Each time a mail server receives a message it adds a Received header with its hostname, the hostname of the machine who sent it, the exact time, and some other information, generally to the top of the stack of headers. Here's the Received headers from the message we just sent above:

Received: by with SMTP id 126csp2632885qht;
        Sun, 28 Dec 2014 09:44:19 -0800 (PST)
Received: from ( [])
        by with ESMTPS id kg1si49786991pad.162.2014.
        for <>
        (version=TLSv1.1 cipher=ECDHE-RSA-RC4-SHA bits=128/128);
        Sun, 28 Dec 2014 09:44:18 -0800 (PST)
Received: from ( [])
    by (Postfix) with SMTP id CD76D606BB
    for <>; Sun, 28 Dec 2014 17:43:19 +0000 (UTC)

In diagram form, this is what the flow looks like:

Email Diagram

Reading the headers from the bottom (and the diagram from the top), connected to (lying about who it actually was) and sent a message destined for web01 is configured to forward that address to my GMail address, so it connects to Google's mail server and passes along the message using the exact same protocol as shown above. Within GMail there's one more hop to the server that handles my account. Each time an email message is sent from server to server, SMTP is involved.

Lots of other information lives in the headers, including a unique message ID, timestamps, email addresses where you can send complaints, and cryptographic signatures.

You're probably wondering how found the GMail server in the first place. How did it know where to send the message? It looked at the DNS, where Google has set up MX (mail exchange) records for the domain. Here's what those look like:

$ dig +short mx

Mail servers are tried in priority order, where the lower number has higher priority. If a receiving mail server doesn't respond the sender will try the next in the list, and if it runs out of servers to try it will hold onto the message for awhile before trying again. You can look up your company's MX records just as easily with the dig tool:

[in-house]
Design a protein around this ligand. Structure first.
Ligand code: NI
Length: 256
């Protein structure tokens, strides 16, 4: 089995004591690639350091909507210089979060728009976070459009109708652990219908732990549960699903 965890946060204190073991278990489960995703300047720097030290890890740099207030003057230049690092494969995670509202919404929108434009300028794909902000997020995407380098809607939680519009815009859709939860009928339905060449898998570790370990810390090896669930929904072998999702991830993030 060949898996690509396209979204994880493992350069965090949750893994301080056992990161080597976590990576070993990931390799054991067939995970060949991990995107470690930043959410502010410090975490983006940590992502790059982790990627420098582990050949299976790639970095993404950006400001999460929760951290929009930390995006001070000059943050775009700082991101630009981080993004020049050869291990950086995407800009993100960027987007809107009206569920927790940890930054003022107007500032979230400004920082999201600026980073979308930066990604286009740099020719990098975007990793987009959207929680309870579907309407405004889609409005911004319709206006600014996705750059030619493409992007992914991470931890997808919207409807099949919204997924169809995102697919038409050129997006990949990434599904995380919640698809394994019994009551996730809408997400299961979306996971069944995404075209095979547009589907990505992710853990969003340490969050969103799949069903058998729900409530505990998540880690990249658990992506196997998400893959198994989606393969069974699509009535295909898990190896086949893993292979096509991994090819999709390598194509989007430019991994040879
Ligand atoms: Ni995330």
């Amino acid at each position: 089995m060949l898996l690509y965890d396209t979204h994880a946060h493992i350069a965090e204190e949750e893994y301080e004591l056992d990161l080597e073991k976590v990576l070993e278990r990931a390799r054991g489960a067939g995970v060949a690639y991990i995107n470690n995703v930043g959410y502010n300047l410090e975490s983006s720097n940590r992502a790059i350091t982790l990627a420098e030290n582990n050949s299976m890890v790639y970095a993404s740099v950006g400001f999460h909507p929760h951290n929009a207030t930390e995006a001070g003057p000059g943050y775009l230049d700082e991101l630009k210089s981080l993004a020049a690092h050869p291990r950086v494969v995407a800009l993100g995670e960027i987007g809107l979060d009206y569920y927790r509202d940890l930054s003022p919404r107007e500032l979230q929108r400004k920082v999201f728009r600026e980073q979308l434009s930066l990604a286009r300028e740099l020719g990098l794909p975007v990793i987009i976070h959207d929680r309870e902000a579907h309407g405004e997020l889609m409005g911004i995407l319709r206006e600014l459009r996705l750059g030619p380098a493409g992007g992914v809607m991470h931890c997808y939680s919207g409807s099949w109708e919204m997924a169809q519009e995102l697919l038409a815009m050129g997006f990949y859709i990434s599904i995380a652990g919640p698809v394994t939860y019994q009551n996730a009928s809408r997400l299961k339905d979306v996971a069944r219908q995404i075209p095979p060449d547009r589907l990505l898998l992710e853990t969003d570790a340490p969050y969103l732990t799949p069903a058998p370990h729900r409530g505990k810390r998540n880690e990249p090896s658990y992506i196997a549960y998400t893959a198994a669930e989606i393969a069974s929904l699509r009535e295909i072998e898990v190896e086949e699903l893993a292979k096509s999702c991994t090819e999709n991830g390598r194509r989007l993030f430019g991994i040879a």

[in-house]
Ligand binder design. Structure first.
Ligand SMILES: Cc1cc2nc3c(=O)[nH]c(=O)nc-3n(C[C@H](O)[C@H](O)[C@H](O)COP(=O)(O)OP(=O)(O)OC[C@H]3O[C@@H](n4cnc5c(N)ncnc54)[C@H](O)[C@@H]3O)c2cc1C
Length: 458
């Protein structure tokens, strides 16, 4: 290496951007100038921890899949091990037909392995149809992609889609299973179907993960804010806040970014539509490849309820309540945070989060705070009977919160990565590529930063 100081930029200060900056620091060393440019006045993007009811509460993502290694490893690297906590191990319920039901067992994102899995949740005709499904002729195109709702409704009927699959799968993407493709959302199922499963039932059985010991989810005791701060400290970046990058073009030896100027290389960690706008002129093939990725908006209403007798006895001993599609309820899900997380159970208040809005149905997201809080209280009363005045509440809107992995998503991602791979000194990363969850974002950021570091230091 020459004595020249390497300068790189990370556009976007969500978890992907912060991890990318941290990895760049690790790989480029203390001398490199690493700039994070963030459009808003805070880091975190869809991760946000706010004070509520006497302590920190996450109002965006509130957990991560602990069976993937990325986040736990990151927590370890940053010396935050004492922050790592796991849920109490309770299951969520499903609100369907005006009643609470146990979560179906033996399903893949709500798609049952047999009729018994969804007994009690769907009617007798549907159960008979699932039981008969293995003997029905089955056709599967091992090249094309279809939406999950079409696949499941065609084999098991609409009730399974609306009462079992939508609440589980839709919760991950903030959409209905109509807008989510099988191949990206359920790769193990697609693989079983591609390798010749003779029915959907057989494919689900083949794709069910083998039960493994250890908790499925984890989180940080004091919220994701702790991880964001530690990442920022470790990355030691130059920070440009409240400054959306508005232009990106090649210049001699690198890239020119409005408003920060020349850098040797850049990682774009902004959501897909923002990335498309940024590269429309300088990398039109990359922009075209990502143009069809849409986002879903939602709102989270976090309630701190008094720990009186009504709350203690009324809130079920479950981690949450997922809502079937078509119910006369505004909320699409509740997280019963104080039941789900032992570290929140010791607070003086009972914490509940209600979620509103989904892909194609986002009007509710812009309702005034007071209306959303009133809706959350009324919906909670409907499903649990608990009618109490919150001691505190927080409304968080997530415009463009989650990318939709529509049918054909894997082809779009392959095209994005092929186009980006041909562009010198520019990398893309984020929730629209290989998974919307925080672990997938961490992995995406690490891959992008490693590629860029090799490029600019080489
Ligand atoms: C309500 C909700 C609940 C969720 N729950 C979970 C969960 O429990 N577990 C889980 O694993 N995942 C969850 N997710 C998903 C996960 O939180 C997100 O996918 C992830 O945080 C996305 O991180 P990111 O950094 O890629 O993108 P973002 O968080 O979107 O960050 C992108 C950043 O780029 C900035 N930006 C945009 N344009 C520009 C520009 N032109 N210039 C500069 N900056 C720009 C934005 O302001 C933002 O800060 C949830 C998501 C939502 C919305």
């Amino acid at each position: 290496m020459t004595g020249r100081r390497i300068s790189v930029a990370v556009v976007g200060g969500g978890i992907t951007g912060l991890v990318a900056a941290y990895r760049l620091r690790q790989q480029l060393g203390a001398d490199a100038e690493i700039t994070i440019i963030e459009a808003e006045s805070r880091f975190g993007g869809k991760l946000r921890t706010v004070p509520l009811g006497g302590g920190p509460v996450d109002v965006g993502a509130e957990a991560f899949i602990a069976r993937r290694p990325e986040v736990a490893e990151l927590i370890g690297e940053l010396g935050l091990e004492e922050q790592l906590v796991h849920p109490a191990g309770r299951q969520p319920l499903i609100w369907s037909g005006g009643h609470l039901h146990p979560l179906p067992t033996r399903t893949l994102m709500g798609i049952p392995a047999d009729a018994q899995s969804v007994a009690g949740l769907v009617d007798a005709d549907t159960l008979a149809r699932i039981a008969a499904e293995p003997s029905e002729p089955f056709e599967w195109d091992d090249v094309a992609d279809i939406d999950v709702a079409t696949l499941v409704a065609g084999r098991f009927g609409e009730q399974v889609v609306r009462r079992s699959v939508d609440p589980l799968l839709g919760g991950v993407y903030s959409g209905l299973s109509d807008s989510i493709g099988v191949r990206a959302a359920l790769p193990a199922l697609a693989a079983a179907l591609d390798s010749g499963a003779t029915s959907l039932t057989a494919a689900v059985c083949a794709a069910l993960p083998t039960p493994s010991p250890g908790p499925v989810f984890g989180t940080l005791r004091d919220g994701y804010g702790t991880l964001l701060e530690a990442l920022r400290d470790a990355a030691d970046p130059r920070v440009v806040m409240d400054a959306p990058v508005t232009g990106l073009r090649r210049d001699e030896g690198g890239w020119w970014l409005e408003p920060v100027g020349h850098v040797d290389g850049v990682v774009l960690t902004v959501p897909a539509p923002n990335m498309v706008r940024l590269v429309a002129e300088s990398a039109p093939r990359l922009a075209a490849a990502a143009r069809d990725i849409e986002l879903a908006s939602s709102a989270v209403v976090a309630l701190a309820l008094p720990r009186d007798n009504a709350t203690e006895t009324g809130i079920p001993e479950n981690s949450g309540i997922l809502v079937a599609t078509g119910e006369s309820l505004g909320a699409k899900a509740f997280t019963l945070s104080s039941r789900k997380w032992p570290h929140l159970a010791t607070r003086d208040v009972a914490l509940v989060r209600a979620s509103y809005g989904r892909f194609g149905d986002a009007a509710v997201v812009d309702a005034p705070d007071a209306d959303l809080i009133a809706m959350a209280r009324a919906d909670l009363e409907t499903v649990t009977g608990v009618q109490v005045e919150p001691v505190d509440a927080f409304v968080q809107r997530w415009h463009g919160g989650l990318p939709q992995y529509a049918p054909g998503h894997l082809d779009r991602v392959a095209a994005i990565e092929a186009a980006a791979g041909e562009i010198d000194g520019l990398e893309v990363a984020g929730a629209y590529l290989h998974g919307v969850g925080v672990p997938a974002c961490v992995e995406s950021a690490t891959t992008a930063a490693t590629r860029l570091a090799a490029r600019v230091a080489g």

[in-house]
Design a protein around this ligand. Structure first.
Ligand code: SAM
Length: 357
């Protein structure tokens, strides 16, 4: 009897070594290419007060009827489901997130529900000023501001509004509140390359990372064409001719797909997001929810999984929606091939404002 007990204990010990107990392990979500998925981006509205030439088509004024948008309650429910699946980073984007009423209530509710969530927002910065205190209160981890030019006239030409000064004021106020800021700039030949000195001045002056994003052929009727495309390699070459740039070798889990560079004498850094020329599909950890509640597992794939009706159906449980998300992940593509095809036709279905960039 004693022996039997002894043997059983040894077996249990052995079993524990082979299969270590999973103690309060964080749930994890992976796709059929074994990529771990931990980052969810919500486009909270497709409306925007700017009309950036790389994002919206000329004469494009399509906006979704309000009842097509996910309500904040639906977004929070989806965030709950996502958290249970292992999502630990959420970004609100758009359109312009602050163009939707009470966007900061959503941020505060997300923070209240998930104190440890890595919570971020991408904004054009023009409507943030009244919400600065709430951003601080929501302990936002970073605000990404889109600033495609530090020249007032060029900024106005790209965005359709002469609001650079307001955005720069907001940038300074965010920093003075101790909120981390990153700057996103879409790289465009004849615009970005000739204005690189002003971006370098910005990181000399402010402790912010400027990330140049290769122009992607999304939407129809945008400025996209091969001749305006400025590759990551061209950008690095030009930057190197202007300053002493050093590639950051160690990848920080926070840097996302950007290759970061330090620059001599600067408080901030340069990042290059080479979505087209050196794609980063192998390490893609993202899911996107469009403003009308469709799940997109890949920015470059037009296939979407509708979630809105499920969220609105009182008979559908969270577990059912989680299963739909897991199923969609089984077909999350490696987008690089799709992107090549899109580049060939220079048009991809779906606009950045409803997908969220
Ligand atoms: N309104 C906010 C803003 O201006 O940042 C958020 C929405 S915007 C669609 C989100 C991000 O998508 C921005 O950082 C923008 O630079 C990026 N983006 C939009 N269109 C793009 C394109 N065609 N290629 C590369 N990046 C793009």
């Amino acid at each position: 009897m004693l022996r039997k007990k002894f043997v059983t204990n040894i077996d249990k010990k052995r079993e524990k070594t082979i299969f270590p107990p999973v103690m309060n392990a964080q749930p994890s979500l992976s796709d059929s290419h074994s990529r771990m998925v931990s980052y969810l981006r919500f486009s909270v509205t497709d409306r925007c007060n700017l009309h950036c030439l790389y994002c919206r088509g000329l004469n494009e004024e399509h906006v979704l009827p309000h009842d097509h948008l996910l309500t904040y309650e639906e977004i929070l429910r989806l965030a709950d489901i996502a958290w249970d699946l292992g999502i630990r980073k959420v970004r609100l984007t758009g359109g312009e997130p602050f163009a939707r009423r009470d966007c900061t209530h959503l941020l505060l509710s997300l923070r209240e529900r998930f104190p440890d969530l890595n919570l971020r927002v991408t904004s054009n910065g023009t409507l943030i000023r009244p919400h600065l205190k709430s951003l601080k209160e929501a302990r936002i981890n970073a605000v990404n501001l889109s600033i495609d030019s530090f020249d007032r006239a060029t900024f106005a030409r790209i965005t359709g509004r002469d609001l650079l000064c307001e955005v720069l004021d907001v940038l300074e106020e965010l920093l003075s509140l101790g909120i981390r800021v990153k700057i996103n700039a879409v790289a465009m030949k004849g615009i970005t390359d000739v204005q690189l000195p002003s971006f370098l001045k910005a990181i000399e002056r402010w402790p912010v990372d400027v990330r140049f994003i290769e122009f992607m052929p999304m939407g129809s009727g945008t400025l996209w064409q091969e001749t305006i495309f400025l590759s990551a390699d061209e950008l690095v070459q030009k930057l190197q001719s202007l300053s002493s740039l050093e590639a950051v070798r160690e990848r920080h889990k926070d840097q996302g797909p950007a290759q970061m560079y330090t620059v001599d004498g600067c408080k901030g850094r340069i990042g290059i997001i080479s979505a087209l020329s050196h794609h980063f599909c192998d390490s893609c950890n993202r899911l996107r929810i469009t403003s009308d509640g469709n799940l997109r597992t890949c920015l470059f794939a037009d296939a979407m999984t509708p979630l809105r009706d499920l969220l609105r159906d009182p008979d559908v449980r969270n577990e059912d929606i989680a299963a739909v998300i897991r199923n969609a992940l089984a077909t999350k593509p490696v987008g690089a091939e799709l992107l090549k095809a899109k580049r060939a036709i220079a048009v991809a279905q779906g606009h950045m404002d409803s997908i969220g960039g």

$ dig +short mx

For more information on DNS, check out DNS: The Good Parts.


Spam is sort of a nebulous term, but it boils down to unwanted messages. Things you didn't sign up for, don't want, and/or are actively harmful.

Spam has been around for a long time. In fact, the first recognized unwanted message on the internet was sent in 1978, before SMTP was even around (it was an advertisement for a presentation by Digital Equipment Corproation). Since then it's morphed into an actual business model. Drugs, merchandise, insurance offers, and everything else under the sun is advertised via spam messages, sent out by the billions by rogue mail servers. In addition to real (but unwanted) products, the same techniques get used to send out malicious messages like phishing attacks.